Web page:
Cases of discrimination against Christians at work and in public have led to concern about the erosion of religious freedom in the UK. Well, things are happening.
A select committee-style inquiry is to be held in Parliament this autumn to clarify how legislation on hate crime and equality affects Christians. Peers and MPs will be invited to consider whether changes to the law are needed.
The inquiry, which will be held in public and will take about three months, is the idea of MP Gary Streeter, who chairs Christians in Parliament. He said that while there was religious freedom in Britain, some groups were "whipping up an alternative view and generating fear" where there didn't need to be any.
"The outcome of our inquiry might be that the law needs to be nudged back in certain areas, and we won't shy away from saying so."
What's more, the Equality and Human Rights Commission appears to have done a U-turn. It says judges have interpreted equality laws too narrowly and should not have backed employers who pursued Christians for wearing crosses or refusing to give sex therapy to homosexual couples.
The way human rights and equality law had been interpreted was insufficient to protect freedom of religion or belief, it said. Christians who disagreed with homosexual equality rules should have the freedom to follow their conscience.
"The idea of making reasonable adjustments to accommodate a person's needs has served disability discrimination law well for decades," said EHRC legal director John Wadham. "It seems reasonable that a similar concept could be adopted to allow someone to manifest their religious beliefs."
The EHRC is to intervene - to call for more leeway for Christians to express their beliefs and live according to their consciences - in four human rights cases to come before the European Court of Human Rights. They are the cases of Lilian Ladele, a registrar removed from her job because she was not willing to conduct same-sex civil partnership ceremonies; Gary McFarlane, a Relate counsellor who declined to give sex therapy to homosexual couples; Shirley Chaplin, a nurse who refused to stop wearing her crucifix; and Nadia Eweida, the BA check-in assistant who was told she could not wear a cross with her uniform.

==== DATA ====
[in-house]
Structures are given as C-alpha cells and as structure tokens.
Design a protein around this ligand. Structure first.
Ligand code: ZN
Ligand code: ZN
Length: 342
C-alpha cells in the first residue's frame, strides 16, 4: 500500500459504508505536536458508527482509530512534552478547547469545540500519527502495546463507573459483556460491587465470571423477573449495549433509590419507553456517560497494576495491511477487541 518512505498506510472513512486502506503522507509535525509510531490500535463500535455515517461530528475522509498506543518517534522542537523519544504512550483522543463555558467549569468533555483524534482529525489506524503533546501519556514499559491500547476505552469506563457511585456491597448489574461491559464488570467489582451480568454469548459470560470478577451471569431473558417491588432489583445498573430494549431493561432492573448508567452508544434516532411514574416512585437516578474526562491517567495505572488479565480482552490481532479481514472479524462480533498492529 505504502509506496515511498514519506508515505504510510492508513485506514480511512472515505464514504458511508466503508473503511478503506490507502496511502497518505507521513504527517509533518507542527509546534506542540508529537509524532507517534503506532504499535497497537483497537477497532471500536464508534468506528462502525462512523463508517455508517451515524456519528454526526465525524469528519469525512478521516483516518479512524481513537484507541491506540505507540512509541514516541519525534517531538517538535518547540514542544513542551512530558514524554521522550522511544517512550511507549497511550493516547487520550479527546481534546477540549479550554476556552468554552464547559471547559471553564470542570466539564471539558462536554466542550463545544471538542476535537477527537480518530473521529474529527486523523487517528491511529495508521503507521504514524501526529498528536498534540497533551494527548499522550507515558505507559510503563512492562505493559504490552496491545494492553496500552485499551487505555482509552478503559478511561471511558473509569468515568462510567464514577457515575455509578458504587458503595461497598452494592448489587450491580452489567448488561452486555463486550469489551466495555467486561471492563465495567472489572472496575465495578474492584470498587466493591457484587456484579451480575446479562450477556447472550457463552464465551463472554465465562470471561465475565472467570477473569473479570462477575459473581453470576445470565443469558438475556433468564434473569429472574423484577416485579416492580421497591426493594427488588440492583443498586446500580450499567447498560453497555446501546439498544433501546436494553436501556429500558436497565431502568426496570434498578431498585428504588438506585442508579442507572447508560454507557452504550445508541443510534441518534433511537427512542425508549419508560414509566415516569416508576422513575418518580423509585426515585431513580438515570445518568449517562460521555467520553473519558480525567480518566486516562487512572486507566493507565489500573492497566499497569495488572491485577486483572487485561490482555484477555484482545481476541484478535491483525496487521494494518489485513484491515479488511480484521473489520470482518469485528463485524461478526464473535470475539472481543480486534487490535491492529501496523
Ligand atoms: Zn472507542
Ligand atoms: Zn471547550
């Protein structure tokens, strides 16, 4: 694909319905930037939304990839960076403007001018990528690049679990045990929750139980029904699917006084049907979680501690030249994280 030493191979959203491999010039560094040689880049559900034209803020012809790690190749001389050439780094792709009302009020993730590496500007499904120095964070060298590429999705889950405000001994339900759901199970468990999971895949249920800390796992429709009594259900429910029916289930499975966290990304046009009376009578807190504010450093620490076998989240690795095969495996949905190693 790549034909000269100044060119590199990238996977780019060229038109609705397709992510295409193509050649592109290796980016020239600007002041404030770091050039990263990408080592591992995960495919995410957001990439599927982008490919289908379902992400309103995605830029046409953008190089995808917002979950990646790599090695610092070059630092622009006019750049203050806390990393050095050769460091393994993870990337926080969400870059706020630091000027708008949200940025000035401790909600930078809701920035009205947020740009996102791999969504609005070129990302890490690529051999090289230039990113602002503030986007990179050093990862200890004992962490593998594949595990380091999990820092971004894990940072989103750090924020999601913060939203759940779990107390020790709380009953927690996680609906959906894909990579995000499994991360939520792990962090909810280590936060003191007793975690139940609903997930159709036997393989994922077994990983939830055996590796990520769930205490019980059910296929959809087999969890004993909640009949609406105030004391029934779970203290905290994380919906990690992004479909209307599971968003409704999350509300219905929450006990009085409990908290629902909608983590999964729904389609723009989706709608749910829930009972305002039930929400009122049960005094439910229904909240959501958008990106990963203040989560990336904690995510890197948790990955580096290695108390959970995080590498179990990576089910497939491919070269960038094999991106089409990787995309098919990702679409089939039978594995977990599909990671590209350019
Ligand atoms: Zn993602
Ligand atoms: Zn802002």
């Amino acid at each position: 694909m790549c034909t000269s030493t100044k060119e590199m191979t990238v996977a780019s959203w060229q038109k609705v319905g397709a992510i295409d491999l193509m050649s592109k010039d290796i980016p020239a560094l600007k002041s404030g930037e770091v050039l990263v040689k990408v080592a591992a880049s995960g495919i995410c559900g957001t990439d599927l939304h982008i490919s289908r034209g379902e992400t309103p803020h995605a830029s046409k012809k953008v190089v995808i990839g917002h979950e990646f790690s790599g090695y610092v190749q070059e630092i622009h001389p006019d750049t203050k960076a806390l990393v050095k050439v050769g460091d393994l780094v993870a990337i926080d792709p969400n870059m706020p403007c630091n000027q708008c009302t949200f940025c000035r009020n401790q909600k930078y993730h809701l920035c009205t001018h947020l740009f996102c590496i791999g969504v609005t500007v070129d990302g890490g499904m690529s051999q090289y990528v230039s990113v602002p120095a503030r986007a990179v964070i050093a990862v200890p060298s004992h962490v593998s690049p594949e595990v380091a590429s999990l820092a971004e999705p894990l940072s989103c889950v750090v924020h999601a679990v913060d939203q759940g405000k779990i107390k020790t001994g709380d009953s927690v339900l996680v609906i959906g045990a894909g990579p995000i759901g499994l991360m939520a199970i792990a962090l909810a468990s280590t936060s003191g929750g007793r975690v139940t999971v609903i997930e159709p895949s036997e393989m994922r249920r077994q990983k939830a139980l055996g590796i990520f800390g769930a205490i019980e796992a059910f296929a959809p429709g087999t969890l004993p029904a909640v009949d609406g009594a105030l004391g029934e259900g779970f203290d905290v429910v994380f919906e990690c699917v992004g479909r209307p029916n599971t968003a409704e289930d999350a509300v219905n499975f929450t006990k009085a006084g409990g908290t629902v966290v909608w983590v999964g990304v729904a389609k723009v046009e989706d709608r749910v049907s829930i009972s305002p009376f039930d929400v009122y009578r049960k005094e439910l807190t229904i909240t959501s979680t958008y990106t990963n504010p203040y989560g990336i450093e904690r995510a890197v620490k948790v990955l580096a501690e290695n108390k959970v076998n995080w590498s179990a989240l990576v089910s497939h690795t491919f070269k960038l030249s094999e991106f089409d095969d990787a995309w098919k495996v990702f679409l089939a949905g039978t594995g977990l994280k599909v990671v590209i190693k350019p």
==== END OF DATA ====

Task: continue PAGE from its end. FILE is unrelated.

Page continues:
As perhaps might have been expected, homosexuals and humanists have protested at the EHRC's decision. Ben Summerskill, of the homosexual activist group Stonewall, said he was "deeply disturbed" by the move. The British Humanist Association said the commission's intervention in these cases was "wholly disproportionate."
The battle for Christians' rights, however, is not yet won. Barnabas Fund reports that a Christian teacher in the UK has been ordered by her school not to talk about religion after answering a child's question.
The teacher was asked by a girl in her class whether the Christian God and the god of Islam were the same. When she said they were not, she was asked to explain how they were different. Following the discussion, the school department received a complaint from the Muslim parents of the girl.
"[The department] handled the situation well and stated that the child had asked the question and I had answered truthfully without giving or intending any offence," the teacher recalled.
But she has been told if children ask a question about any religious matter she must ignore the question or change the subject immediately.
Said the teacher: "I pointed out that Christianity was my life, not my religion. It was a living relationship with my Lord. I live it daily. I now feel I am being watched. I have always shared my faith with the children I teach whenever they ask me a question about my life, why I pray and do what I do."